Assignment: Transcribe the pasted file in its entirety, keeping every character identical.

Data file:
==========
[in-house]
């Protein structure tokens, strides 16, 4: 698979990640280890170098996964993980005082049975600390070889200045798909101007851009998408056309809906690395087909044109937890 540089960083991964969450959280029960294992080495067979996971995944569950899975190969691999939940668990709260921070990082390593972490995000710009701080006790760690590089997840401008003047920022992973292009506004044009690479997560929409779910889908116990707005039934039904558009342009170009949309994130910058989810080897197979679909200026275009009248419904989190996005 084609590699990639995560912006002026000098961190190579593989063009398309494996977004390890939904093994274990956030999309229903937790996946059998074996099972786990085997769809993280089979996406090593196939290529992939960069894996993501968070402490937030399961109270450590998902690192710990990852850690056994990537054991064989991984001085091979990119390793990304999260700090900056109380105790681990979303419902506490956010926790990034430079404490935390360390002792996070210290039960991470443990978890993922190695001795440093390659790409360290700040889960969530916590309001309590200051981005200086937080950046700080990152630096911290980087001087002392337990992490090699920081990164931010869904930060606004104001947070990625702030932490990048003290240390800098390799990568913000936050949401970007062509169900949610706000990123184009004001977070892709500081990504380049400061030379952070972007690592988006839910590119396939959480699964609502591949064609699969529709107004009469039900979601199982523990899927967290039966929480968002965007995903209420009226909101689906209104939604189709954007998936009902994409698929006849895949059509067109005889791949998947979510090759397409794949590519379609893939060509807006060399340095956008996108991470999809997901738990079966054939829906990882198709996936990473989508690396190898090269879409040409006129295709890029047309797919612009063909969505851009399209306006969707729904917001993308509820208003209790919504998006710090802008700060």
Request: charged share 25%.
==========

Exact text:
[in-house]
């Protein structure tokens, strides 16, 4: 698979990640280890170098996964993980005082049975600390070889200045798909101007851009998408056309809906690395087909044109937890 540089960083991964969450959280029960294992080495067979996971995944569950899975190969691999939940668990709260921070990082390593972490995000710009701080006790760690590089997840401008003047920022992973292009506004044009690479997560929409779910889908116990707005039934039904558009342009170009949309994130910058989810080897197979679909200026275009009248419904989190996005 084609590699990639995560912006002026000098961190190579593989063009398309494996977004390890939904093994274990956030999309229903937790996946059998074996099972786990085997769809993280089979996406090593196939290529992939960069894996993501968070402490937030399961109270450590998902690192710990990852850690056994990537054991064989991984001085091979990119390793990304999260700090900056109380105790681990979303419902506490956010926790990034430079404490935390360390002792996070210290039960991470443990978890993922190695001795440093390659790409360290700040889960969530916590309001309590200051981005200086937080950046700080990152630096911290980087001087002392337990992490090699920081990164931010869904930060606004104001947070990625702030932490990048003290240390800098390799990568913000936050949401970007062509169900949610706000990123184009004001977070892709500081990504380049400061030379952070972007690592988006839910590119396939959480699964609502591949064609699969529709107004009469039900979601199982523990899927967290039966929480968002965007995903209420009226909101689906209104939604189709954007998936009902994409698929006849895949059509067109005889791949998947979510090759397409794949590519379609893939060509807006060399340095956008996108991470999809997901738990079966054939829906990882198709996936990473989508690396190898090269879409040409006129295709890029047309797919612009063909969505851009399209306006969707729904917001993308509820208003209790919504998006710090802008700060």
Request: charged share 25%.